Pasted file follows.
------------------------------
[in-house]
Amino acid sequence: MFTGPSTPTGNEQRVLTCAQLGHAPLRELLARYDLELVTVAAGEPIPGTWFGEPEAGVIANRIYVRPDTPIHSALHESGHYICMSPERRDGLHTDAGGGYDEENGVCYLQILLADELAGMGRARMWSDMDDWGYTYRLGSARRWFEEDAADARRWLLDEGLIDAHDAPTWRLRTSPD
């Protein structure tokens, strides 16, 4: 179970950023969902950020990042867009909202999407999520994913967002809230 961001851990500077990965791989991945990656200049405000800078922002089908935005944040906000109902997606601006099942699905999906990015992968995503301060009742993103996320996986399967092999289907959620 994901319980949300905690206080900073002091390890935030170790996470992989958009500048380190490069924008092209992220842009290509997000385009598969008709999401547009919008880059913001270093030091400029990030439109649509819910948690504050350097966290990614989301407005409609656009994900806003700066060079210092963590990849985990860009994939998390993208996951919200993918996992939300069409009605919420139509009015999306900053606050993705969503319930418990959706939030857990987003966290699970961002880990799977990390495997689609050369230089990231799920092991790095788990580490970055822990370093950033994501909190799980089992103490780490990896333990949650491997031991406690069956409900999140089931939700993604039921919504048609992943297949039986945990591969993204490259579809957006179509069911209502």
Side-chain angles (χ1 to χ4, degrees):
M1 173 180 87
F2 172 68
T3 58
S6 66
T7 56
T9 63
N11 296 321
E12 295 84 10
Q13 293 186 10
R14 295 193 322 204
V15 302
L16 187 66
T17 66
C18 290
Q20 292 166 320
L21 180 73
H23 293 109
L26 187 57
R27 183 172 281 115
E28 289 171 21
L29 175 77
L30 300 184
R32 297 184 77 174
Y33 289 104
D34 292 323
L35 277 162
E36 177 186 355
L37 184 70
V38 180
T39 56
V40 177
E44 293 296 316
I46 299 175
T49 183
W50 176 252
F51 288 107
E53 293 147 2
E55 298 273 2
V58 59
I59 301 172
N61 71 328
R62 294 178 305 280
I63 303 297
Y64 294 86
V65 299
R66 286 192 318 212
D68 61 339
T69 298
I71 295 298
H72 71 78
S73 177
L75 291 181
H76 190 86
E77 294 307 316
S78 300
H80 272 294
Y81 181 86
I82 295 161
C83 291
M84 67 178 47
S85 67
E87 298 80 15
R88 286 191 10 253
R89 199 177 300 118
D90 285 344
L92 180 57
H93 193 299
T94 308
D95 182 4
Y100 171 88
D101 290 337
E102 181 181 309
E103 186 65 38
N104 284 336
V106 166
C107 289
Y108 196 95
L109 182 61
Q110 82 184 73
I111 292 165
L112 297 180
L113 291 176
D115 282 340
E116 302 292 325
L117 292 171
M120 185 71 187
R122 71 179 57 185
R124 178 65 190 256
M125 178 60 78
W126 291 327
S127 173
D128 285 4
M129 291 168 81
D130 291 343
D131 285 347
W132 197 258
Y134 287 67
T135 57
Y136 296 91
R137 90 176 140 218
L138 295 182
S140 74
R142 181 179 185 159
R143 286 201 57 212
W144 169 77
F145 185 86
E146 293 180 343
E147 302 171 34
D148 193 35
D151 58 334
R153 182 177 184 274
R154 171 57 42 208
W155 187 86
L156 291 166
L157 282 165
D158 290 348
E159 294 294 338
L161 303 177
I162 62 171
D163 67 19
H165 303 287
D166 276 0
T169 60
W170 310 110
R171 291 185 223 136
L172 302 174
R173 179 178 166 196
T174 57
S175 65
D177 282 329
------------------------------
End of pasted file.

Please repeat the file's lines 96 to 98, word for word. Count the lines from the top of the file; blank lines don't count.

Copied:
D128 285 4
M129 291 168 81
D130 291 343